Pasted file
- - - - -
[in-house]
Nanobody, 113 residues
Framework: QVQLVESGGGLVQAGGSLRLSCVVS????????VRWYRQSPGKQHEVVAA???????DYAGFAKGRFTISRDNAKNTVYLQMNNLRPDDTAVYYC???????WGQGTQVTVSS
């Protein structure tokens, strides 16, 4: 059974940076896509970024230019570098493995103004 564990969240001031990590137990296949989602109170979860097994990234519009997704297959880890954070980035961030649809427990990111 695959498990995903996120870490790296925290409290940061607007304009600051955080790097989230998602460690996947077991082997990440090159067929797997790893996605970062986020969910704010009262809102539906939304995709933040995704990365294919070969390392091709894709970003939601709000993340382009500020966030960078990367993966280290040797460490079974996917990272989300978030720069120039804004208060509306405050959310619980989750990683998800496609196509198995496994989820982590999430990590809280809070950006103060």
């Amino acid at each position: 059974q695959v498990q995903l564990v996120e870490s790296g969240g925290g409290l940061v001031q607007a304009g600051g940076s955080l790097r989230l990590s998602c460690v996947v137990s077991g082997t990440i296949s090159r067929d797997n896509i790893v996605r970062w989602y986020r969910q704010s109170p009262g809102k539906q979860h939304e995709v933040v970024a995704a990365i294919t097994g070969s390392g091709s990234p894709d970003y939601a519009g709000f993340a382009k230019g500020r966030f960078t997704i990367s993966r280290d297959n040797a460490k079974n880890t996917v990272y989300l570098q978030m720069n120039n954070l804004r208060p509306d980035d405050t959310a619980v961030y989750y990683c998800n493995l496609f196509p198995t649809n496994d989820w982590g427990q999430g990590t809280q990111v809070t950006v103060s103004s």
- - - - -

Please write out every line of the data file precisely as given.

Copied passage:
[in-house]
Nanobody, 113 residues
Framework: QVQLVESGGGLVQAGGSLRLSCVVS????????VRWYRQSPGKQHEVVAA???????DYAGFAKGRFTISRDNAKNTVYLQMNNLRPDDTAVYYC???????WGQGTQVTVSS
């Protein structure tokens, strides 16, 4: 059974940076896509970024230019570098493995103004 564990969240001031990590137990296949989602109170979860097994990234519009997704297959880890954070980035961030649809427990990111 695959498990995903996120870490790296925290409290940061607007304009600051955080790097989230998602460690996947077991082997990440090159067929797997790893996605970062986020969910704010009262809102539906939304995709933040995704990365294919070969390392091709894709970003939601709000993340382009500020966030960078990367993966280290040797460490079974996917990272989300978030720069120039804004208060509306405050959310619980989750990683998800496609196509198995496994989820982590999430990590809280809070950006103060």
């Amino acid at each position: 059974q695959v498990q995903l564990v996120e870490s790296g969240g925290g409290l940061v001031q607007a304009g600051g940076s955080l790097r989230l990590s998602c460690v996947v137990s077991g082997t990440i296949s090159r067929d797997n896509i790893v996605r970062w989602y986020r969910q704010s109170p009262g809102k539906q979860h939304e995709v933040v970024a995704a990365i294919t097994g070969s390392g091709s990234p894709d970003y939601a519009g709000f993340a382009k230019g500020r966030f960078t997704i990367s993966r280290d297959n040797a460490k079974n880890t996917v990272y989300l570098q978030m720069n120039n954070l804004r208060p509306d980035d405050t959310a619980v961030y989750y990683c998800n493995l496609f196509p198995t649809n496994d989820w982590g427990q999430g990590t809280q990111v809070t950006v103060s103004s």